A Quick Overview
If you spend more than a brisk afternoon in Krakow, or spend any amount of up-front time researching things to do when you get there, you will come across the obligatory Concentration Camp/Salt Mine Day Trip. It is absolutely guaranteed.
I think I first stumbled across it in Prague when searching for things to do after I made it to Krakow. It seemed to be somewhere in every top-ten-things-to-do-when list. I admit, that at first, I couldn’t quite get my head around the idea. The two things seemingly had nothing to do with each other. And where, in truth, they certainly do not, they are the prefect compliment to one another. Why you ask? Simple. The salt mine tour allows you to decompress after the heavy emotional journey through the concentration camps of Auschwitz and Birkenau. It’s a lot to take in and process. The salt mine allow you to get your head around it, before being dropped off back in the city. I didn’t get it, until I got it. and then, it made all the sense in the world.
If you choose to take a day trip to visit the concentration camps and the salt mine, you will have many options to pick from. I utilized a group called Krakow Shuttle, from the look of the lanyard in the picture. ( I confess that I kept the invoice so that I might have the information for this blog post, but deleted it off my phone at some point. What are you going to do?) I have no affiliation with Krakow Shuttle, other than to say that they were a fine company to take a tour with. I handled the entire purchase online and they picked me up promptly from my hotel. The shuttles were clean and well-maintained. The staff was great to talk with, and knowledgeable. Like I said before, there are a bunch of options to choose from. Just look around and pick the one that strikes you as a good deal.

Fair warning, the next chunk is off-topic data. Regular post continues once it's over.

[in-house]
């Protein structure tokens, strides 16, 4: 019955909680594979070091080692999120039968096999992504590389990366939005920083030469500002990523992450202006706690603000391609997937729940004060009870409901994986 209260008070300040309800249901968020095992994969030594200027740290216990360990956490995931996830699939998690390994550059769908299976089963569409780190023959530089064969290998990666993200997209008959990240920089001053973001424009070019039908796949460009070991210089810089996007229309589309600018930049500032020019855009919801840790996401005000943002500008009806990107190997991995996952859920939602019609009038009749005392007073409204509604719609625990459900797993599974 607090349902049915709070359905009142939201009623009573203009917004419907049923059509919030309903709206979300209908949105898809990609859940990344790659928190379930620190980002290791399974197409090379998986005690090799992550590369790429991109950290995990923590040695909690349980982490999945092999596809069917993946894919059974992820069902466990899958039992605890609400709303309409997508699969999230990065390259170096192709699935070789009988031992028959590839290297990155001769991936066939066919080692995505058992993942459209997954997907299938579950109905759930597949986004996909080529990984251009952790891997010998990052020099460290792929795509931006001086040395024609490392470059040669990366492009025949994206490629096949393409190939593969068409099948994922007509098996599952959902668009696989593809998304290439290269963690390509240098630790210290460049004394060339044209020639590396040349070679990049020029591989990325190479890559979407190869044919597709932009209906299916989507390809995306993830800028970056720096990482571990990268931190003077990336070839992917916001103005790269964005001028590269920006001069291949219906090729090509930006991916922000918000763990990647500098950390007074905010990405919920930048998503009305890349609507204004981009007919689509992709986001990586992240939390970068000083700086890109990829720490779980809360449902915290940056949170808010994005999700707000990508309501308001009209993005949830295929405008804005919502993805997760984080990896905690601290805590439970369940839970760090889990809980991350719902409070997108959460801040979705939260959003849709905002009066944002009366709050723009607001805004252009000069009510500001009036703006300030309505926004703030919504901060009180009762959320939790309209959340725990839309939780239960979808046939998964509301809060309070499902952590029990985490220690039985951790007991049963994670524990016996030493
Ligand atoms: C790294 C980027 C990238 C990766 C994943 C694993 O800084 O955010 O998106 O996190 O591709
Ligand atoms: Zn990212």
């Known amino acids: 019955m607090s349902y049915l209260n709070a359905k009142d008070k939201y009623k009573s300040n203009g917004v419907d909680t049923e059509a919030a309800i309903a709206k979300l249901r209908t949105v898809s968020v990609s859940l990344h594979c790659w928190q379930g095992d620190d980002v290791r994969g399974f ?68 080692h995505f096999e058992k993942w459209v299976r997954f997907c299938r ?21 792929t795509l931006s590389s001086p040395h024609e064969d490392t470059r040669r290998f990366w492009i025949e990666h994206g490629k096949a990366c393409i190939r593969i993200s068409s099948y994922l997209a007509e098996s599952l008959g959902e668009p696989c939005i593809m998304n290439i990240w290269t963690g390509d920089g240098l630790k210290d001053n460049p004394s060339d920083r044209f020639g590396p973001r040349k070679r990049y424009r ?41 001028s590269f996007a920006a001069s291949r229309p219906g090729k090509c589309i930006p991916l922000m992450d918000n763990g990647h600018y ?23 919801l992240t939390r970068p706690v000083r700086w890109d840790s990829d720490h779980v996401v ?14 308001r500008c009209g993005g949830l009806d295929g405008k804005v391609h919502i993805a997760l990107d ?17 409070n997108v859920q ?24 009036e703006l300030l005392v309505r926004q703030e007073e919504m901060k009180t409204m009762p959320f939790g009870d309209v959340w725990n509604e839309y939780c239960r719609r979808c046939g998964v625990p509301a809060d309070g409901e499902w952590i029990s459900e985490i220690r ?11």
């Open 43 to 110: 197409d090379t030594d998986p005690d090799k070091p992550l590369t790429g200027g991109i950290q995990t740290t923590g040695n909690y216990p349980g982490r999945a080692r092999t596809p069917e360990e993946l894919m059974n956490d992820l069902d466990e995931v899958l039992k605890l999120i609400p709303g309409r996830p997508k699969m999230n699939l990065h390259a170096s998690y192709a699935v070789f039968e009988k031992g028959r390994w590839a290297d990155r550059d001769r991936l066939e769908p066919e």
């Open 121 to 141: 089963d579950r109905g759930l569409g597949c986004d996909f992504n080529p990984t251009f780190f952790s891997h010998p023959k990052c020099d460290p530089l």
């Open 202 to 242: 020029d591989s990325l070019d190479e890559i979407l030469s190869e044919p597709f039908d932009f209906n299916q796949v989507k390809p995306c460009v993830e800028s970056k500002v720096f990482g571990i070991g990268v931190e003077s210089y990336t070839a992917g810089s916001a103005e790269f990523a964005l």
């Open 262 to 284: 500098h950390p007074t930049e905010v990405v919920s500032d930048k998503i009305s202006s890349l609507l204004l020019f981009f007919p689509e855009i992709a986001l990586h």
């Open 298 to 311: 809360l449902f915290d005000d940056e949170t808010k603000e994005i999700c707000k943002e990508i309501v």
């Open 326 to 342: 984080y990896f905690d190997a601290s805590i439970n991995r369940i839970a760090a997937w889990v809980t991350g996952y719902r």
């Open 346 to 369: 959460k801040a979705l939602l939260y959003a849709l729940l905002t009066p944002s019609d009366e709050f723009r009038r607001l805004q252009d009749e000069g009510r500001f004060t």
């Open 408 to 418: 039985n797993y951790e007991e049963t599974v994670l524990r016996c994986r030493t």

Auschwitz Concentration Camp
Our first stop of the three was the Concentration Camp of Auschwitz. The camp is amazingly intact and maintained. The tour of the facility, from the detention buildings, to the killing house, to the gas chambers, is a slow emotional decent into despair. You will start the tour with a feeling about how you think you are going to feel at the end, and end with a completely deeper and stronger one.
I am not going to explain the feeling that the tour leaves you with, as it took me some time to process for myself. I believe that it is individual to each person, based upon their own life situation and beliefs. I will say that it’s profound.
Both the exhibits and the staff/tour guides do their best to present the material on a very human level. It is an experience that should be mandatory for all real travelers. History is repeated, as soon as it’s forgotten about (my opinion).
A tour of the various buildings at Auschwitz includes numerous displays of the events that took place at the camp. There are piles of clothes and suit cases, various room reconstructions, and the like. This picture shows one of the hallways that was lines with pictures of individuals who were sentenced to the camp. The Nazis meticulously documented everything that took place, including photographing every inmate.
Sadly, the wealth of recordkeeping shows both the level of horror, and the system inefficiency. The Nazis found that the starvation and cruel treatment made inmates almost unrecognizable only weeks or months after coming to the camp. The inefficiency of the pictures was one of the things that led to tattooing serial numbers on each individual.